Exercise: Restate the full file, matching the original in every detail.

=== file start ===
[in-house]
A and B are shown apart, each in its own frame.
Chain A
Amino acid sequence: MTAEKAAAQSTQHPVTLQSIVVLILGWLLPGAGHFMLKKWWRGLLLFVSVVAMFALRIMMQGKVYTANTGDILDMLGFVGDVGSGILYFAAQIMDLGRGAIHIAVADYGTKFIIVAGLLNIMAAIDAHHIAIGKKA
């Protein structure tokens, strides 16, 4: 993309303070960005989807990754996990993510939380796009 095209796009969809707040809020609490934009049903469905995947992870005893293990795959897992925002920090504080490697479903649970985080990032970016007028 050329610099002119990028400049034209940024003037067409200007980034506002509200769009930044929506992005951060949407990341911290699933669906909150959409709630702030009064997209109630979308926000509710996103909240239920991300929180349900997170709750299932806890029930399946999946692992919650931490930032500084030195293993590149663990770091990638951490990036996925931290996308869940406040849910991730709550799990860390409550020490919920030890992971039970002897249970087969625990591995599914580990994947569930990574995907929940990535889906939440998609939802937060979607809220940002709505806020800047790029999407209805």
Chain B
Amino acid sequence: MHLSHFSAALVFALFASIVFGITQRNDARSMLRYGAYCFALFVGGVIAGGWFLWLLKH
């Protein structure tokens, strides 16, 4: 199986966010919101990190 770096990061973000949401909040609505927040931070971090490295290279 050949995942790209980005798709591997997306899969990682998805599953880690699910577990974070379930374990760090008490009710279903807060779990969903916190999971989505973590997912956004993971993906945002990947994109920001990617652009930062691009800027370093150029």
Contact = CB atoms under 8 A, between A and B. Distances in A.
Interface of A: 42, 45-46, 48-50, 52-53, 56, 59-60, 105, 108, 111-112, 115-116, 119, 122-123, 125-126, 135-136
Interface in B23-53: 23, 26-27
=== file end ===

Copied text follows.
[in-house]
A and B are shown apart, each in its own frame.
Chain A
Amino acid sequence: MTAEKAAAQSTQHPVTLQSIVVLILGWLLPGAGHFMLKKWWRGLLLFVSVVAMFALRIMMQGKVYTANTGDILDMLGFVGDVGSGILYFAAQIMDLGRGAIHIAVADYGTKFIIVAGLLNIMAAIDAHHIAIGKKA
């Protein structure tokens, strides 16, 4: 993309303070960005989807990754996990993510939380796009 095209796009969809707040809020609490934009049903469905995947992870005893293990795959897992925002920090504080490697479903649970985080990032970016007028 050329610099002119990028400049034209940024003037067409200007980034506002509200769009930044929506992005951060949407990341911290699933669906909150959409709630702030009064997209109630979308926000509710996103909240239920991300929180349900997170709750299932806890029930399946999946692992919650931490930032500084030195293993590149663990770091990638951490990036996925931290996308869940406040849910991730709550799990860390409550020490919920030890992971039970002897249970087969625990591995599914580990994947569930990574995907929940990535889906939440998609939802937060979607809220940002709505806020800047790029999407209805």
Chain B
Amino acid sequence: MHLSHFSAALVFALFASIVFGITQRNDARSMLRYGAYCFALFVGGVIAGGWFLWLLKH
């Protein structure tokens, strides 16, 4: 199986966010919101990190 770096990061973000949401909040609505927040931070971090490295290279 050949995942790209980005798709591997997306899969990682998805599953880690699910577990974070379930374990760090008490009710279903807060779990969903916190999971989505973590997912956004993971993906945002990947994109920001990617652009930062691009800027370093150029």
Contact = CB atoms under 8 A, between A and B. Distances in A.
Interface of A: 42, 45-46, 48-50, 52-53, 56, 59-60, 105, 108, 111-112, 115-116, 119, 122-123, 125-126, 135-136
Interface in B23-53: 23, 26-27